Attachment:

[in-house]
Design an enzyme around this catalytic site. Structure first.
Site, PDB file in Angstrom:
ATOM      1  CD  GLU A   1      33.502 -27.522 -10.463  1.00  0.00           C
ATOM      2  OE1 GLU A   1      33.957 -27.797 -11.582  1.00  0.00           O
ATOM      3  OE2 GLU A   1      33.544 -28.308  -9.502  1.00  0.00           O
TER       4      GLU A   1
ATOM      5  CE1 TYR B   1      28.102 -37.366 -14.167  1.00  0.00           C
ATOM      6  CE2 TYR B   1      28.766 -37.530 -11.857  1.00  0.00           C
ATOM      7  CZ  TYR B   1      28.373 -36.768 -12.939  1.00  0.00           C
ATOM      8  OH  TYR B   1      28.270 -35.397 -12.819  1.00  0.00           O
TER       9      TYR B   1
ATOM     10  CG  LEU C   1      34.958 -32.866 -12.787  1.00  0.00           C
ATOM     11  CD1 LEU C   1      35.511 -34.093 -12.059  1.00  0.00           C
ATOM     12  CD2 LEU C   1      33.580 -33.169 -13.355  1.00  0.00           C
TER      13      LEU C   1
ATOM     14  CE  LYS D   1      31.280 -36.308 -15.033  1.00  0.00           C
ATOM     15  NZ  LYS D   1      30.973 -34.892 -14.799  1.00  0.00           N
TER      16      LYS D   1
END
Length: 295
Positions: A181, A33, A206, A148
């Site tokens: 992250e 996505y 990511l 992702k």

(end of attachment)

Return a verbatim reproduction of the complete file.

[in-house]
Design an enzyme around this catalytic site. Structure first.
Site, PDB file in Angstrom:
ATOM      1  CD  GLU A   1      33.502 -27.522 -10.463  1.00  0.00           C
ATOM      2  OE1 GLU A   1      33.957 -27.797 -11.582  1.00  0.00           O
ATOM      3  OE2 GLU A   1      33.544 -28.308  -9.502  1.00  0.00           O
TER       4      GLU A   1
ATOM      5  CE1 TYR B   1      28.102 -37.366 -14.167  1.00  0.00           C
ATOM      6  CE2 TYR B   1      28.766 -37.530 -11.857  1.00  0.00           C
ATOM      7  CZ  TYR B   1      28.373 -36.768 -12.939  1.00  0.00           C
ATOM      8  OH  TYR B   1      28.270 -35.397 -12.819  1.00  0.00           O
TER       9      TYR B   1
ATOM     10  CG  LEU C   1      34.958 -32.866 -12.787  1.00  0.00           C
ATOM     11  CD1 LEU C   1      35.511 -34.093 -12.059  1.00  0.00           C
ATOM     12  CD2 LEU C   1      33.580 -33.169 -13.355  1.00  0.00           C
TER      13      LEU C   1
ATOM     14  CE  LYS D   1      31.280 -36.308 -15.033  1.00  0.00           C
ATOM     15  NZ  LYS D   1      30.973 -34.892 -14.799  1.00  0.00           N
TER      16      LYS D   1
END
Length: 295
Positions: A181, A33, A206, A148
């Site tokens: 992250e 996505y 990511l 992702k």